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Financial Connections and Systemic Risk

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  • Franklin Allen
  • Ana Babus
  • Elena Carletti

Abstract

We develop a model where institutions form connections through swaps of projects in order to diversify their individual risk. These connections lead to two different network structures. In a clustered network groups of financial institutions hold identical portfolios and default together. In an unclustered network defaults are more dispersed. With long term finance welfare is the same in both networks. In contrast, when short term finance is used, the network structure matters. Upon the arrival of a signal about banks' future defaults, investors update their expectations of bank solvency. If their expectations are low, they do not roll over the debt and there is systemic risk in that all institutions are early liquidated. We compare investors' rollover decisions and welfare in the two networks.

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Paper provided by National Bureau of Economic Research, Inc in its series NBER Working Papers with number 16177.

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Date of creation: Jul 2010
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Publication status: published as Financial Connections and Systemic Risk , Franklin Allen, Ana Babus, Elena Carletti. in Market Institutions and Financial Market Risk , Carey, Kashyap, Rajan, and Stulz. 2012
Handle: RePEc:nbr:nberwo:16177

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  1. Wagner, W.B., 2006. "Diversification at Financial Institutions and Systemic Crises," Discussion Paper, Tilburg University, Center for Economic Research 2006-71, Tilburg University, Center for Economic Research.
  2. Calomiris, Charles W & Kahn, Charles M, 1991. "The Role of Demandable Debt in Structuring Optimal Banking Arrangements," American Economic Review, American Economic Association, American Economic Association, vol. 81(3), pages 497-513, June.
  3. Douglas W. Diamond & Raghuram G. Rajan, 1998. "Liquidity risk, liquidity creation and financial fragility: a theory of banking," Proceedings, Federal Reserve Bank of San Francisco, Federal Reserve Bank of San Francisco, issue Sep.
  4. Matthew O. Jackson & Asher Wolinsky, 1995. "A Strategic Model of Social and Economic Networks," Discussion Papers, Northwestern University, Center for Mathematical Studies in Economics and Management Science 1098R, Northwestern University, Center for Mathematical Studies in Economics and Management Science.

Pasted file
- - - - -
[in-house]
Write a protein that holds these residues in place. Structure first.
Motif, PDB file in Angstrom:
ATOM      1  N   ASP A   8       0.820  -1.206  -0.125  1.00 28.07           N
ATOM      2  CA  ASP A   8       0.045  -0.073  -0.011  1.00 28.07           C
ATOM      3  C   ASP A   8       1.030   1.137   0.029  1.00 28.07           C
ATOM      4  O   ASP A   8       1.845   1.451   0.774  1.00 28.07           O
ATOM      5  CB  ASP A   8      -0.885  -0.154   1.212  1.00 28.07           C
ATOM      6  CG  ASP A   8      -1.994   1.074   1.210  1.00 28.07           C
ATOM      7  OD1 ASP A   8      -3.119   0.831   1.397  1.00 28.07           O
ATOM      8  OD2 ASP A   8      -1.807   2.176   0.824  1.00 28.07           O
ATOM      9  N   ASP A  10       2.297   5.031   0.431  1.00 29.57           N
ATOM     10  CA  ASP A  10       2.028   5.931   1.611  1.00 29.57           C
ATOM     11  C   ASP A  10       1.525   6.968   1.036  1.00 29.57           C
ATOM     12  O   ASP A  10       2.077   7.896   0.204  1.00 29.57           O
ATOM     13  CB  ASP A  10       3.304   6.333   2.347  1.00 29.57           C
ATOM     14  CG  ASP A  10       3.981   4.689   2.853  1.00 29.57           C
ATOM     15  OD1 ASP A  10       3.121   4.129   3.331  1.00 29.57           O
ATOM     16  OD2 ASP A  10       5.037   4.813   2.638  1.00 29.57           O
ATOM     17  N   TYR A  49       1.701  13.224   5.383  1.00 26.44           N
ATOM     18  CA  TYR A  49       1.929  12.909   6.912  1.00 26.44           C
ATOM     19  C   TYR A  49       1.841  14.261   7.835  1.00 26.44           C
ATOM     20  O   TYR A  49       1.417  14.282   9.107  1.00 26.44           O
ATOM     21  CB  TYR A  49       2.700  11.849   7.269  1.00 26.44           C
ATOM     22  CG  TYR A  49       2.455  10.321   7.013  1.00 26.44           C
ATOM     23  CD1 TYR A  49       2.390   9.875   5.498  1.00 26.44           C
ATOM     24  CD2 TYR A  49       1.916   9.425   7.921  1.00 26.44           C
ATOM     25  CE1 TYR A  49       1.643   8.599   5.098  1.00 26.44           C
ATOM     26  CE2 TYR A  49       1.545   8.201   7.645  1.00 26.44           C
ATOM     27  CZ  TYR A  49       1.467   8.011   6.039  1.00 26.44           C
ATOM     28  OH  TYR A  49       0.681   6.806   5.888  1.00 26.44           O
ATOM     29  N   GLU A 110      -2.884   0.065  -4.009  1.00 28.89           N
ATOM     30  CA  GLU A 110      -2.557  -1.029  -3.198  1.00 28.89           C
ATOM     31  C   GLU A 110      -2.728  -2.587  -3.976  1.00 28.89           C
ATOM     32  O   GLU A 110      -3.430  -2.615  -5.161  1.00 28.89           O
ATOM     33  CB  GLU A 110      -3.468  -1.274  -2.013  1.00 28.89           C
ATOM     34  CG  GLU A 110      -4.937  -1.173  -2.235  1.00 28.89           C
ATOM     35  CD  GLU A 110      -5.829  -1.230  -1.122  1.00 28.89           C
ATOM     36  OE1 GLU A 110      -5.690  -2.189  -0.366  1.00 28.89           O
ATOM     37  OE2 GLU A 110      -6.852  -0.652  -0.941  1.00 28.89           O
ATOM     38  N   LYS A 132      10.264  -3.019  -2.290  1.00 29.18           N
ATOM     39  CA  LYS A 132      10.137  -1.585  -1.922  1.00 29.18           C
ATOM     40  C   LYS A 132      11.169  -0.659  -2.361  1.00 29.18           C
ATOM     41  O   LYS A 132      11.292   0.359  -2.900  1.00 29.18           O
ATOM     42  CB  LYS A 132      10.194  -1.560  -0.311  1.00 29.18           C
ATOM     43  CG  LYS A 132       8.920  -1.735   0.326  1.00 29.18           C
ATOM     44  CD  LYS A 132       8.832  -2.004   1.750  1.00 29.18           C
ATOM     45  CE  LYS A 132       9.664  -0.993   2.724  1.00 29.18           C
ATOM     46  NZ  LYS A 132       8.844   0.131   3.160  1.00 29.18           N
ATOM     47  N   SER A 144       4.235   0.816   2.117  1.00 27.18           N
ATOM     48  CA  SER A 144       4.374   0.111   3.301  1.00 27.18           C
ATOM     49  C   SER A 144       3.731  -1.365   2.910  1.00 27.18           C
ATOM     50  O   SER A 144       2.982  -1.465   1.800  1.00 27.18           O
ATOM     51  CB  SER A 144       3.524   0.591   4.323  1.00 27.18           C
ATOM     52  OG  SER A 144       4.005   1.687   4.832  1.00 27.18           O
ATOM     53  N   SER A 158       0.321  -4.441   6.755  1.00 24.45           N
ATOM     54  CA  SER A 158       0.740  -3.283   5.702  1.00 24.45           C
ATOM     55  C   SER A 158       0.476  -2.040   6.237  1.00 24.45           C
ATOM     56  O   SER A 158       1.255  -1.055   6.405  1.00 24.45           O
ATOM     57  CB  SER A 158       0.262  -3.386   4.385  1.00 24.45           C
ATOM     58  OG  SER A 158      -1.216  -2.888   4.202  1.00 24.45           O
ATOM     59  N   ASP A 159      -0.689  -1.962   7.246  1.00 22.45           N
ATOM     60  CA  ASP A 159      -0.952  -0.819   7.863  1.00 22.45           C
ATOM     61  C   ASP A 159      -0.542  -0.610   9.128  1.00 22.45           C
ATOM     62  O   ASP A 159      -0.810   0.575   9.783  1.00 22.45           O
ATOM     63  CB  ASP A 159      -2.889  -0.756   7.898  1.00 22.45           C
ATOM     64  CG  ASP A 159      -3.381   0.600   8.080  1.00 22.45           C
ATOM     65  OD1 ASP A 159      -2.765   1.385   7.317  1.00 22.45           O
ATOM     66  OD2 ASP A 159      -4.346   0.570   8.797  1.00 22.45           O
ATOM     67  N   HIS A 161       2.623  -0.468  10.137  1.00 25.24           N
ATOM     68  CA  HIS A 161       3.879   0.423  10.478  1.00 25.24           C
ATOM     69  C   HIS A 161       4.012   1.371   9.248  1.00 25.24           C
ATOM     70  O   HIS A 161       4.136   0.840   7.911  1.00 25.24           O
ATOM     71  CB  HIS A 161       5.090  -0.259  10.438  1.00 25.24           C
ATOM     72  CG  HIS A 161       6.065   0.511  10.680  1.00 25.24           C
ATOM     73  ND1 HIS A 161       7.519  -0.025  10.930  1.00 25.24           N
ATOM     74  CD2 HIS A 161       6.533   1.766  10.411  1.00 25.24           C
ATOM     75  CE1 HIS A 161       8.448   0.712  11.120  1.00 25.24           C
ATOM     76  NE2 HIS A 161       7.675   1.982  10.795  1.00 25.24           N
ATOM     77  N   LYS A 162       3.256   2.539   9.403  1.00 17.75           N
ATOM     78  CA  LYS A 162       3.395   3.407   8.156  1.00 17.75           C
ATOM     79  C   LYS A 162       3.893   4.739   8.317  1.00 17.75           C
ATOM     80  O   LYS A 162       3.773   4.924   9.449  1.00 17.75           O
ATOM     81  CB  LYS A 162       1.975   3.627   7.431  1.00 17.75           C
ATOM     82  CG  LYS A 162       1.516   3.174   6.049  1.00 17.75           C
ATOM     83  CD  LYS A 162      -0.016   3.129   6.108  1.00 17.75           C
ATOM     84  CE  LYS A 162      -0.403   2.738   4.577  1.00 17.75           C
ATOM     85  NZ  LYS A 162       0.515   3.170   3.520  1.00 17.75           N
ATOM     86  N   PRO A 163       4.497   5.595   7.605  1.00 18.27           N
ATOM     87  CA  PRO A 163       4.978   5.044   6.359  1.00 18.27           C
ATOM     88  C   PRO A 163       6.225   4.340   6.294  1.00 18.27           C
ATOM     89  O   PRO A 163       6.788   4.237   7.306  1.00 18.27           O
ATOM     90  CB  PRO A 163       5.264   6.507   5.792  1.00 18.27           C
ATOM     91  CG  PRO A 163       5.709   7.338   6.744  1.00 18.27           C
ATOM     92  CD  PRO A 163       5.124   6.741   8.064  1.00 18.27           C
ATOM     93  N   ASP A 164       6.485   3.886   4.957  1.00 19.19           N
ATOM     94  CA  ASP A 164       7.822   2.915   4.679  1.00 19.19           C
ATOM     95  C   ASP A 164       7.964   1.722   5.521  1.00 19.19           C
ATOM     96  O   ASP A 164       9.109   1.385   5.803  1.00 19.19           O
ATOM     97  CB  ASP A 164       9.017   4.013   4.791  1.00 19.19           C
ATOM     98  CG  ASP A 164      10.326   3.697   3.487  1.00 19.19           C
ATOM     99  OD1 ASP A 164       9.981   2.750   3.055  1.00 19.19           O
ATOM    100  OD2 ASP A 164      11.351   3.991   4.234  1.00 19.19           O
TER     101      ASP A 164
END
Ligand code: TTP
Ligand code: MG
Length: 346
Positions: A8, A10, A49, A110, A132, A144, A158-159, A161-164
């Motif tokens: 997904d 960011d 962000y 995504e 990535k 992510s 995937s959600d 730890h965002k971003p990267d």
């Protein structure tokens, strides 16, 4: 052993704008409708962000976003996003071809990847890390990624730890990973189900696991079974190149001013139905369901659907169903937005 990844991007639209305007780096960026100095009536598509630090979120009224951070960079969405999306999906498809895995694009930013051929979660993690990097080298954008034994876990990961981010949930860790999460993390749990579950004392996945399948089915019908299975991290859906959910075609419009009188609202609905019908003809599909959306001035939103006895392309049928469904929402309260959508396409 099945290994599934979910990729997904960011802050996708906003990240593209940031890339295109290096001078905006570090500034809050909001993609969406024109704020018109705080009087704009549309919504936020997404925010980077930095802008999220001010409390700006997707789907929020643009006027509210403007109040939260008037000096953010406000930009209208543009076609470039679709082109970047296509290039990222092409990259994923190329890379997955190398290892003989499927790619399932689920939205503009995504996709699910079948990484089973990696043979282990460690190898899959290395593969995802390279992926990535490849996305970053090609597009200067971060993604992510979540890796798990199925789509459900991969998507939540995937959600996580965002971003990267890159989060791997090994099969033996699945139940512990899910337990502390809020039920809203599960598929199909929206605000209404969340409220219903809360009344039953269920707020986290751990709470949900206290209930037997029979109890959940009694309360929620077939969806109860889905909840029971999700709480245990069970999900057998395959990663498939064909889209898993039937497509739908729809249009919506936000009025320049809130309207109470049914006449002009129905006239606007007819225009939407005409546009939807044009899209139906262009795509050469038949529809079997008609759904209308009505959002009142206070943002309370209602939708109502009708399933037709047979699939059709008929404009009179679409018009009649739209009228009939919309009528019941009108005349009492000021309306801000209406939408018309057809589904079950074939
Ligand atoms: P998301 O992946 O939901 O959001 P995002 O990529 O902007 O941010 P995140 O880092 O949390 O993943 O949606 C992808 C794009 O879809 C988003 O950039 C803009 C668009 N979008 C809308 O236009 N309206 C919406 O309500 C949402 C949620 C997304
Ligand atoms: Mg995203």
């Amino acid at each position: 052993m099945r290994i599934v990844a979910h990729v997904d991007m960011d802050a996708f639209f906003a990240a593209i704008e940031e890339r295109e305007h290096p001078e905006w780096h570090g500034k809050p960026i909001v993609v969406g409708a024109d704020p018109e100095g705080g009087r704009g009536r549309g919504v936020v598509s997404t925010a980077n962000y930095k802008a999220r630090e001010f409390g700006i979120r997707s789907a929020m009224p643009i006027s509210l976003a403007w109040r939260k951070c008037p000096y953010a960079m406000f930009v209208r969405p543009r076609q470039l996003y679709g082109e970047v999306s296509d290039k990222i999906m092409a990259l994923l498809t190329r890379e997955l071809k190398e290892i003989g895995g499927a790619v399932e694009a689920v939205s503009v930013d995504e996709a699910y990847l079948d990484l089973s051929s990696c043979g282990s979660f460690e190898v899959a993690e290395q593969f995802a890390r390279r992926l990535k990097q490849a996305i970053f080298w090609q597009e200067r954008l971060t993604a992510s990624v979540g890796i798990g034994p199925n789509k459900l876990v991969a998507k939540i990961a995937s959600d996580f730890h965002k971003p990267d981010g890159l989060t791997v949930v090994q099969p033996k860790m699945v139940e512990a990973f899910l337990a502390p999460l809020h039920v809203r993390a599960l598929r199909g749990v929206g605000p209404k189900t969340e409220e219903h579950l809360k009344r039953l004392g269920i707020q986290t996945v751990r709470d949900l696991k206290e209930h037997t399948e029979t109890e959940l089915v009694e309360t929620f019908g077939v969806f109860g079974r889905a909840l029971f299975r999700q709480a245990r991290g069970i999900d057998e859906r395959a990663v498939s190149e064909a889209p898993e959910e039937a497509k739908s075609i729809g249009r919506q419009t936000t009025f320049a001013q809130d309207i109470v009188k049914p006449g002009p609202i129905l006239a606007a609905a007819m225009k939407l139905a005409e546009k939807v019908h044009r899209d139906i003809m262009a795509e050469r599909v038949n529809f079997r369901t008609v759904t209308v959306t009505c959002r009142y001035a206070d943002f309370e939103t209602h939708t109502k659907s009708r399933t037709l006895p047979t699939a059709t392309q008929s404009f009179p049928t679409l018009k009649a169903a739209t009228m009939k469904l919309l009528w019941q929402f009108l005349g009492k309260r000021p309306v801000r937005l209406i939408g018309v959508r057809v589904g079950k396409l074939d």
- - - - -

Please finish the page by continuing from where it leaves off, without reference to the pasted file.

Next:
5. Boyson, Nicole M. & Stahel, Christof W. & Stulz, Rene, 2008. "Hedge Fund Contagion and Liquidity," Working Paper Series, Ohio State University, Charles A. Dice Center for Research in Financial Economics 2008-8, Ohio State University, Charles A. Dice Center for Research in Financial Economics.
  6. Franklin Allen & Ana Babus & Elena Carletti, 2009. "Financial Crises: Theory and Evidence," Annual Review of Financial Economics, Annual Reviews, Annual Reviews, vol. 1(1), pages 97-116, November.
  7. Xavier Freixas & Bruno M. Parigi & Jean-Charles Rochet, 2000. "Systemic risk, interbank relations, and liquidity provision by the central bank," Proceedings, Federal Reserve Bank of Cleveland, Federal Reserve Bank of Cleveland, pages 611-640.
  8. Richard J. Herring & Susan Wachter, 1999. "Real Estate Booms and Banking Busts: An International Perspective," Center for Financial Institutions Working Papers, Wharton School Center for Financial Institutions, University of Pennsylvania 99-27, Wharton School Center for Financial Institutions, University of Pennsylvania.
  9. Carmen M. Reinhart & Kenneth S. Rogoff, 2009. "This Time Is Different: Eight Centuries of Financial Folly," Economics Books, Princeton University Press, Princeton University Press, edition 1, volume 1, number 8973.
  10. Flannery, Mark J, 1986. " Asymmetric Information and Risky Debt Maturity Choice," Journal of Finance, American Finance Association, American Finance Association, vol. 41(1), pages 19-37, March.
  11. Diamond, Douglas W, 1991. "Debt Maturity Structure and Liquidity Risk," The Quarterly Journal of Economics, MIT Press, MIT Press, vol. 106(3), pages 709-37, August.
  12. Castiglionesi, F. & Navarro, N., 2007. "Optimal Fragile Financial Networks," Discussion Paper, Tilburg University, Center for Economic Research 2007-100, Tilburg University, Center for Economic Research.
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